Reaction to Rep. Tom Petri's retirement


FOND DU LAC – The political landscape of Wisconsin's 6th Congressional District is changing. On Monday, Rep. Tom Petri will formally announce plans to no longer seek re-election.

The longtime Republican Congressman has served for 35 years. When his office announced his decision on Friday, it hit a note for many who respect Petri's career.

Even some former political opponents say it should come as no surprise why Petri was re-elected so many times.

"It always hurts to see good people leave office," said 87-year-old Ken Robl of Oshkosh.

Robl has been a part of the Winnebago County board almost as long as Tom Petri has been his Congressman dating back to 1979.

Over the years, Robl has called on Petri to help make improvements to county roads.

"They've been very cooperative, his whole organization was," said Robl.

Wisconsin’s 6th Congressional District covers eight counties and parts of three others, including Winnebago. Petri has served the district since narrowly winning a special election in 1979.

During his time in Washington, the congressman sponsored more than 230 pieces of legislation – only three became law. He has co-sponsored more than 3,500 bills, with more than 300 getting a presidential autograph.

Four times he's ran unopposed in his 17 reelection bids.

"I'm not surprised by his getting out of this race," said Peg Lautenschlager, a democratic challenger of Petri’s from the 1992 elections.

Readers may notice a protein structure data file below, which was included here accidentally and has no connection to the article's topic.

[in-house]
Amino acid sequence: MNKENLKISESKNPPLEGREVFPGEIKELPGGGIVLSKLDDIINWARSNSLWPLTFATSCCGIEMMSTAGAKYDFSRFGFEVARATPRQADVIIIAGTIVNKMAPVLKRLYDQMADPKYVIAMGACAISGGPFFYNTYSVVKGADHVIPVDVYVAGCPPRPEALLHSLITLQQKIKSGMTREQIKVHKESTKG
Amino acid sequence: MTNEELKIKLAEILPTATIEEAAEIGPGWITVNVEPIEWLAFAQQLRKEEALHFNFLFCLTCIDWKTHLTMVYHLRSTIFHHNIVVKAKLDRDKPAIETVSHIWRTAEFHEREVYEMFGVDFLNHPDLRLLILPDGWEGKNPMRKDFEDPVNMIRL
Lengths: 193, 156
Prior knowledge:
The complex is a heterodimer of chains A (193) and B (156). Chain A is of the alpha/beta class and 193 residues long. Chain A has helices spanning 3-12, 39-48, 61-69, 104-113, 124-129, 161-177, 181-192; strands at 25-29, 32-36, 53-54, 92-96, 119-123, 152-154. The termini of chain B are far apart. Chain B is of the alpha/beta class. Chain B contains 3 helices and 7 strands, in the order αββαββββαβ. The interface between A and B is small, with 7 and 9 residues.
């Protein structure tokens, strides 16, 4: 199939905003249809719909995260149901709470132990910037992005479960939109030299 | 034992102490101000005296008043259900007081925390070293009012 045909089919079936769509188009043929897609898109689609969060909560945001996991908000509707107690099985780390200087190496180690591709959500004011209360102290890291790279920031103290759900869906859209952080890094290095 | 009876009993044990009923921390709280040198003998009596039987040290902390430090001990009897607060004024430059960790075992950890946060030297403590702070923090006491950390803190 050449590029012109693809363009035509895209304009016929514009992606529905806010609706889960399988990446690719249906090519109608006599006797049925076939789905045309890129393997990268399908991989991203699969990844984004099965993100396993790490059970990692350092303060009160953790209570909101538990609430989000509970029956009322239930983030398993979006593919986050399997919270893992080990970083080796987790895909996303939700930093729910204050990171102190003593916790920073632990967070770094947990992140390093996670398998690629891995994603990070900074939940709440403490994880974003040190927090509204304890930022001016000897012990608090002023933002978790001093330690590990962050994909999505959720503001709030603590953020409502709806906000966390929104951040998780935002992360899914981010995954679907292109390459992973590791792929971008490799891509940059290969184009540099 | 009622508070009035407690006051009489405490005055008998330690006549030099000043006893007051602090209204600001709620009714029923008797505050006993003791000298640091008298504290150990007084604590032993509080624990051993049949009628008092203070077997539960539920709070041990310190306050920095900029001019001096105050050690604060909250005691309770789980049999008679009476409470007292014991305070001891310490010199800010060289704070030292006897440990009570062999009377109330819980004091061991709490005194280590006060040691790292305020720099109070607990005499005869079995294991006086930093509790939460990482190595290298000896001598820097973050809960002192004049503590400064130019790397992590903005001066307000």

"I don't remember the exact numbers,” said Lautenschlager of the results. “But it was close."

The closest race since Petri was first elected.

"Was the Democratic party looking for you, to bring you in to try and unseat him?" asked FOX 11’s Bill Miston of the former Fond du Lac state representative and Wisconsin Attorney General.

"Well, clearly we wanted to unseat him," she replied.

Lautenschlager says she and Petri disagree on all sorts of political issues, but spoke admirably of his character.

"He is one of those kind of, old-school Republicans who has a sense of appreciation for government and its institutions and recognizes that getting along with people of different viewpoints was a way in which you could make government work better."

Lautenschlager says if another Republican – and not a Democrat – ends up filling Petri's shoes, she would like to see it be someone similar in nature to him.

Petri will officially announce his retirement Monday in Neenah. Two Republican state lawmakers have said they will run for Petri's seat.